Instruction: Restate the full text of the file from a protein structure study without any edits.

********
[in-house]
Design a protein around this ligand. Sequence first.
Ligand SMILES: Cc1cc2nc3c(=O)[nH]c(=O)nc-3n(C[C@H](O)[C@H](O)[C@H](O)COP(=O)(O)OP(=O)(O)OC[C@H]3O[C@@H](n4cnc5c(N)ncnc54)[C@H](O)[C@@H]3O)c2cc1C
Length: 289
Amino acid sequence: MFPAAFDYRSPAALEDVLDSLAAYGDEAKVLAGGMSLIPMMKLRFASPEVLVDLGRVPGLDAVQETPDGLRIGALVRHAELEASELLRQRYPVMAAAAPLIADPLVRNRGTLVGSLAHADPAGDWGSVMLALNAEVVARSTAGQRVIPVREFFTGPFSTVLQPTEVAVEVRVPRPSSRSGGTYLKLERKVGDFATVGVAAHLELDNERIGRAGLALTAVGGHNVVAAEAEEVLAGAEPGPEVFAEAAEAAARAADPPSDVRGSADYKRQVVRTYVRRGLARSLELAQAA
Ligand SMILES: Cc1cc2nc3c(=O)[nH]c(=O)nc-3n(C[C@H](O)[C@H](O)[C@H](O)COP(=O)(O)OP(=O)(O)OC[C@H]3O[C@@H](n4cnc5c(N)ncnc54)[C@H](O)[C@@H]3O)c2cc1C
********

[in-house]
Design a protein around this ligand. Sequence first.
Ligand SMILES: Cc1cc2nc3c(=O)[nH]c(=O)nc-3n(C[C@H](O)[C@H](O)[C@H](O)COP(=O)(O)OP(=O)(O)OC[C@H]3O[C@@H](n4cnc5c(N)ncnc54)[C@H](O)[C@@H]3O)c2cc1C
Length: 289
Amino acid sequence: MFPAAFDYRSPAALEDVLDSLAAYGDEAKVLAGGMSLIPMMKLRFASPEVLVDLGRVPGLDAVQETPDGLRIGALVRHAELEASELLRQRYPVMAAAAPLIADPLVRNRGTLVGSLAHADPAGDWGSVMLALNAEVVARSTAGQRVIPVREFFTGPFSTVLQPTEVAVEVRVPRPSSRSGGTYLKLERKVGDFATVGVAAHLELDNERIGRAGLALTAVGGHNVVAAEAEEVLAGAEPGPEVFAEAAEAAARAADPPSDVRGSADYKRQVVRTYVRRGLARSLELAQAA
Ligand SMILES: Cc1cc2nc3c(=O)[nH]c(=O)nc-3n(C[C@H](O)[C@H](O)[C@H](O)COP(=O)(O)OP(=O)(O)OC[C@H]3O[C@@H](n4cnc5c(N)ncnc54)[C@H](O)[C@@H]3O)c2cc1C